Referring again to FIG. 1, additional dewar supports, like support 103, and dewars can be mounted on the same or a different track or at the opposite side of the housing. This is accomplished by adding additional apertures in the housing with doors or cover plates as previously described. Each will provide an alternate test capability or the ability to test two or more different arrays simultaneously. The second dewar support may be motorized to have any or all of the motion capabilities of the first support. The second support is also coupled to the controller by means of a cable 104. All such supports are supplied with control signals analogous to those of the first support, but each comes from a different port of the computer.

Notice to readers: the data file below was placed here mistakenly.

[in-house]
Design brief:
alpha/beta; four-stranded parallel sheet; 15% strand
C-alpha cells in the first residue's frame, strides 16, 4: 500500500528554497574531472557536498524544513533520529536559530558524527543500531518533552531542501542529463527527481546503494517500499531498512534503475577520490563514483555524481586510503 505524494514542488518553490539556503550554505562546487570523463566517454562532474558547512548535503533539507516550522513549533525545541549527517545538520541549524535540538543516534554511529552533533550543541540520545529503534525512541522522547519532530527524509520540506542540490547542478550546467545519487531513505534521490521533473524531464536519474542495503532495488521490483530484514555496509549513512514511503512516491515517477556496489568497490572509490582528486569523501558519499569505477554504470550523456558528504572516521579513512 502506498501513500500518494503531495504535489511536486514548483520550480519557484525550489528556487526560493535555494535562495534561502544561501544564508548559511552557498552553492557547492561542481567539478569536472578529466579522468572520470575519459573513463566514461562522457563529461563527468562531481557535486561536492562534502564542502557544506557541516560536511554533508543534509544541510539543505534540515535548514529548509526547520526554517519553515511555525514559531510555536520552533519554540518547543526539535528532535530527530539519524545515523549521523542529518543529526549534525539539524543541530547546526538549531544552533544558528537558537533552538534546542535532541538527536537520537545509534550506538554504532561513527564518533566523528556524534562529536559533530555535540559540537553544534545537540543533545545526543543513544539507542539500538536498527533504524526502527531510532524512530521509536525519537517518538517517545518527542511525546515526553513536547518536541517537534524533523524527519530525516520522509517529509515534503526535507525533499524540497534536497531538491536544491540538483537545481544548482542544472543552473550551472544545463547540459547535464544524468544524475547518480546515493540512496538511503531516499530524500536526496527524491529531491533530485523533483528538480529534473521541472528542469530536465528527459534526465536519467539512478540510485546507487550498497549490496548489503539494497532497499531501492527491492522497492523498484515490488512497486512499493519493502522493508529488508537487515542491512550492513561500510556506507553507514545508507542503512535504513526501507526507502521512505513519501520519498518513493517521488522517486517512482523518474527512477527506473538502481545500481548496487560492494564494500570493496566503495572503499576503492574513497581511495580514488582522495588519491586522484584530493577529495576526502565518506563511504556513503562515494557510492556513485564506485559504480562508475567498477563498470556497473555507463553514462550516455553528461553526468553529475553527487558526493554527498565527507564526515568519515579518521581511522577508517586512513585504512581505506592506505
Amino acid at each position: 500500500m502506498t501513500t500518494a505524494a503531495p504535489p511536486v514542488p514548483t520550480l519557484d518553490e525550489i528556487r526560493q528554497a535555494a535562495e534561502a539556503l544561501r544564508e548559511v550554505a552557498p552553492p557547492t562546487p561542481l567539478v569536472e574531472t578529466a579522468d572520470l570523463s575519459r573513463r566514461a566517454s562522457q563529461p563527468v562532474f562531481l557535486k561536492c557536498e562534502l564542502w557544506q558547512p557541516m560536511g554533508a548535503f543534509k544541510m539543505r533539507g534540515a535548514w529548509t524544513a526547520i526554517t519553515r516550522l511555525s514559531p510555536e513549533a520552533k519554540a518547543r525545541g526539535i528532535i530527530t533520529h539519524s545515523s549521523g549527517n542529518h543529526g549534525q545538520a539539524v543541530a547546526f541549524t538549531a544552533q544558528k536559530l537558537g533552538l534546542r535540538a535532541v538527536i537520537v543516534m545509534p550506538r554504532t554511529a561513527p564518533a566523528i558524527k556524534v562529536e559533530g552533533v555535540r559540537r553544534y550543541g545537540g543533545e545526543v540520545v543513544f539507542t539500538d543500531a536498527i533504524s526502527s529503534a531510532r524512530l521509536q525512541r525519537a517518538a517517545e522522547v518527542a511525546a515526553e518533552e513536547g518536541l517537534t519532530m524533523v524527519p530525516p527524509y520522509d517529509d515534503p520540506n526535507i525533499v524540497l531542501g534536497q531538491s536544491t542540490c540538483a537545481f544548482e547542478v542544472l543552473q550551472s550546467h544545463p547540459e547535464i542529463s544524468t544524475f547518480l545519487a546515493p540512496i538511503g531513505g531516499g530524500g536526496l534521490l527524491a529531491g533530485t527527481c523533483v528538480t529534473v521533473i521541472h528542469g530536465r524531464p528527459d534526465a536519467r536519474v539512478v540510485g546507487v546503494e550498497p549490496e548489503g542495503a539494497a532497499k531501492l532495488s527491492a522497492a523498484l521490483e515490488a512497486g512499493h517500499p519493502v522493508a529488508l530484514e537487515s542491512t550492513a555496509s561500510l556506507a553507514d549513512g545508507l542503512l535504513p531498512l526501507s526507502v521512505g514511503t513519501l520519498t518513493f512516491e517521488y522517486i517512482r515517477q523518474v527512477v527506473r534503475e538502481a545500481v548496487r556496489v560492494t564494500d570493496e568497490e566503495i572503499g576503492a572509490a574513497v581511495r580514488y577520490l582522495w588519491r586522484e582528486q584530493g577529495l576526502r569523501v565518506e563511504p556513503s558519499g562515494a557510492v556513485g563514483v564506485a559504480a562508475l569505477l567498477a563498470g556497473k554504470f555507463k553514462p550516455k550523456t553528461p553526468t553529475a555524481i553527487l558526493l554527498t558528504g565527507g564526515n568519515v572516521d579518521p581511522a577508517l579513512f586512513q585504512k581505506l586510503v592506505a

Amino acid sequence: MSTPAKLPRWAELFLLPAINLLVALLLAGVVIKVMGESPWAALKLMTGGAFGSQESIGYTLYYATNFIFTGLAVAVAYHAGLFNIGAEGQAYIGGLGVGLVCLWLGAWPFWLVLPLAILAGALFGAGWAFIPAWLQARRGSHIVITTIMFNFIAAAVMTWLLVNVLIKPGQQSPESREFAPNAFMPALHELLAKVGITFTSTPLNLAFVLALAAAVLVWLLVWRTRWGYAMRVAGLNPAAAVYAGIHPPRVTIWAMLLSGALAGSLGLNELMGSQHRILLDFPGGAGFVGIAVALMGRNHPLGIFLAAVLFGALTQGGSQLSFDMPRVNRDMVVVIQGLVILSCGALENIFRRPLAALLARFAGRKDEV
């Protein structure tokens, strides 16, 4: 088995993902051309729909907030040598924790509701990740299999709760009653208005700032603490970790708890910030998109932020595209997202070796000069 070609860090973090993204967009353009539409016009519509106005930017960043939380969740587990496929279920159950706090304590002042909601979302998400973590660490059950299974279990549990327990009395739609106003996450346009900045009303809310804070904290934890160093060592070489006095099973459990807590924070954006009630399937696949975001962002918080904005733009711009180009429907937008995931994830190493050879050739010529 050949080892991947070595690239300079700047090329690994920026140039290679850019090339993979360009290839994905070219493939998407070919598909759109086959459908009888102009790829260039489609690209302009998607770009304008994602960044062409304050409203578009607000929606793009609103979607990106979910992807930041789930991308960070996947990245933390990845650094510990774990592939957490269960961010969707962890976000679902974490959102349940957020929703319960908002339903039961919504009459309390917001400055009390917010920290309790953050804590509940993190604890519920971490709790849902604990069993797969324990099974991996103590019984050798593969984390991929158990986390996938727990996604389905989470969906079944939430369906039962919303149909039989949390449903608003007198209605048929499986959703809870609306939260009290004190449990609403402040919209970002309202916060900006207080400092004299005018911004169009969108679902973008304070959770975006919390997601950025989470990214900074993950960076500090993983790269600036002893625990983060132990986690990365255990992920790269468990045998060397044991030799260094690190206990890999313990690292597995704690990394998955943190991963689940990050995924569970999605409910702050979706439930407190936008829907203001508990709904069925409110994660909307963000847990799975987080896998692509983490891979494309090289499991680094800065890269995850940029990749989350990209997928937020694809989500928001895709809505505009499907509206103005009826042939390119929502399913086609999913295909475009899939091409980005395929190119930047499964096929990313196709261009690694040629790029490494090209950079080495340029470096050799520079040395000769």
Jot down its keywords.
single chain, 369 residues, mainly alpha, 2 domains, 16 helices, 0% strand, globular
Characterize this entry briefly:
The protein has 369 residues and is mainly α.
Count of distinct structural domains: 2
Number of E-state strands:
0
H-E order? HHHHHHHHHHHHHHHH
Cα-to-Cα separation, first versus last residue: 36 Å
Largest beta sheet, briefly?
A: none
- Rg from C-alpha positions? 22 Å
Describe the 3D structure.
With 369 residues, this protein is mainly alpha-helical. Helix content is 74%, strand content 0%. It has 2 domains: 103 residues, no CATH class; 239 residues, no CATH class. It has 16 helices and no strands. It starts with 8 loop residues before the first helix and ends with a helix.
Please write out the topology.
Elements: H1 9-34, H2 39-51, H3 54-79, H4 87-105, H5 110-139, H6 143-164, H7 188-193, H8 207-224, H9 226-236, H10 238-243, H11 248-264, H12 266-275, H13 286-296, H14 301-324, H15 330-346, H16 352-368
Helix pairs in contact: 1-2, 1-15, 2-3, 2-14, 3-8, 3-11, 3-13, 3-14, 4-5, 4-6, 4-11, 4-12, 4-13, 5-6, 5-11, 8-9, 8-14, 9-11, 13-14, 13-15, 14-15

FIG. 3 shows a block diagram of the test system. The heart of this unit is an instrument controller 300, e.g. the devices of Tables VII or VIII, which communicates with the other test controller devices through the IEEE 802.3 bus 301. The various cables from the table are connected to test controller elements as indicated. The controller stores the test programs in a conventional hard disk like the Winchester disk 302 or a floppy disk. Once a candidate array has been prepared, the appropriate test is selected from the disk menu. The computer can then perform the test, process the test data and store the results on the hard disk or other more convenient media. Storage/output devices include the hard disk 302 with forty or more Megabytes of storage capacity, a Bernoulli module 303 with interchangeable hard disks of the same or greater capacity and hard copiers such as a laser printer 304 and/or an inkjet printer 305. The latter two printer modules require a buffer 306, e.g. the device in Table XII, capable of storing 2.5 megabytes to accommodate the difference in data handling speed between the Controller and the printer.